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This Eye-Popping Installation Turns Japanese Hot Springs Into a Vivid Interactive Art Playground

It's the latest dazzling venture from teamLab, the folks behind Japan's vibrant digital art museum.
By Sarah Ward
August 10, 2019
By Sarah Ward
August 10, 2019

Whether it's opening a sprawling art museum, taking over a 400-year-old castle, turning old oil tanks into a digital waterfall or bringing waves of light to Melbourne, teamLab's digital installations are never less than dazzling. The term definitely applies to the interdisciplinary collective's latest venture, too, with teamLab: A Forest Where Gods Live transforming Japan's Mifuneyama Rakuen Takeo Hot Springs into its latest awe-inspiring artwork.

Currently on display on Kyushu, the third largest and most southern of Japan's islands, A Forest Where Gods makes the most of its huge site. Created in 1845, and featuring gardens, shrines, forests, rocks and caves, the hot springs stretch across 500,000 square metres — within which teamLab has placed 21 installations, all playing with light, colour and movement as the group's eye-popping attractions always do.

In Mifuneyama Rakuen Takeo's bath house ruins, visitors can watch flowers, people and water particles dance across huge megaliths, and feel like they're wandering through a place where time has stopped in the process. Or, over at the hot springs' pond, you can see the water's surface come to life with koi and boats, the former reacting to the latter.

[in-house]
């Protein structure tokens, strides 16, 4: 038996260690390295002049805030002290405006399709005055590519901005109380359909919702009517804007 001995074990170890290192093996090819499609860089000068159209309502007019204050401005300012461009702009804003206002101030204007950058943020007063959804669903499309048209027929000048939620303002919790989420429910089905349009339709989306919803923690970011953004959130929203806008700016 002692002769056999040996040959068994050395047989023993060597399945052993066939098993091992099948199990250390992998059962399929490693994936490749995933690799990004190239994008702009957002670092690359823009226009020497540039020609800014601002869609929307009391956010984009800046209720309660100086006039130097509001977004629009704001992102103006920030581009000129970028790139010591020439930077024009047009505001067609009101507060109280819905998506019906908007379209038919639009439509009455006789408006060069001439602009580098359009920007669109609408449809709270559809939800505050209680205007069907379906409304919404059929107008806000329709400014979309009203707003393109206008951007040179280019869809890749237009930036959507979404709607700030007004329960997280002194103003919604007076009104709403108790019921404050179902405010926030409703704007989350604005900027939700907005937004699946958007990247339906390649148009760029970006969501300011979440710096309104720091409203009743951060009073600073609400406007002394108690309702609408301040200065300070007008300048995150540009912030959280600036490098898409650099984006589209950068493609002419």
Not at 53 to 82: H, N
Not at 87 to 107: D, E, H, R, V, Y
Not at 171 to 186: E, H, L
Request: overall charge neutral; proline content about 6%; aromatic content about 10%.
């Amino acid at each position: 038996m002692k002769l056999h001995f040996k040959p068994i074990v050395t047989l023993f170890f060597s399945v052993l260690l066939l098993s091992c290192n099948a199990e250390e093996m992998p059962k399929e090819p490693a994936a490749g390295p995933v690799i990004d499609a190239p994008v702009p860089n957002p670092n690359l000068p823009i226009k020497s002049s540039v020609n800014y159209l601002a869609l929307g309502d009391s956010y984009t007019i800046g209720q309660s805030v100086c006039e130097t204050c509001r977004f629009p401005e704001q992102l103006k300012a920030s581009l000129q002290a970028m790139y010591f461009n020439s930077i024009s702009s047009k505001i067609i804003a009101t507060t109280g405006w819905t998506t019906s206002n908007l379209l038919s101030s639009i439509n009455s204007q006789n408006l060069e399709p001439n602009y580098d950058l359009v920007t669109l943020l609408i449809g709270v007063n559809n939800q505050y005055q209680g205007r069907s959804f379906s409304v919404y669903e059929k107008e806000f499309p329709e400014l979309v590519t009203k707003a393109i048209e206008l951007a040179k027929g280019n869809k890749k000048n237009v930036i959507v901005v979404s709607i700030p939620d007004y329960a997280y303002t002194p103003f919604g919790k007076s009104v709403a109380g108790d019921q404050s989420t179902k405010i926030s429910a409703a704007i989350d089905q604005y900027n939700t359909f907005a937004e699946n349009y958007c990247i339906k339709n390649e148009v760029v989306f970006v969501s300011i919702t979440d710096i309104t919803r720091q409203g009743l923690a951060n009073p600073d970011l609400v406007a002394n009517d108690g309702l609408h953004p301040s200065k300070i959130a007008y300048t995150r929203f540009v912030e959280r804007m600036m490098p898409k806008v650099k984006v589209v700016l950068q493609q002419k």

Other highlights include floral displays blooming repeatedly on a 5.5-metre-high moss-covered rock, a digital waterfall falling on a shrine, lights fading and glowing across a valley of azaleas, butterflies fluttering through underground ruins, and multicoloured bulbs brightening up cherry blossoms and maple forests. And, it wouldn't be a teamLab site takeover without cups of tea filled with digital flowers, or without a sea of rainbow-hued lamps — both floating on a lake and suspended from above in spiral patterns.

The interactive exhibition is split into two parts, with The Nature of Time running from 11.30am–sunset, and Earth Music & Ecology kicking in from sunset–10.30pm. The daytime element has a greater focus on Mifuneyama Rakuen Takeo's existing wonders, while the evening session lets teamLab's shine under the night sky.

Whichever you're keen on, if you're going to be in the vicinity and want to head along, you'll want to book a ¥500–1400 (AU$6.95–19.55) ticket in advance — unsurprisingly, teamLab's gorgeous work is always popular.

teamLab: A Forest Where Gods Live runs until November 4, 2019 at Mifuneyama Rakuen Takeo Hot Springs, Kyushu, Japan. For more information, visit the exhibition website.

Images: teamLab.

Published on August 10, 2019 by Sarah Ward
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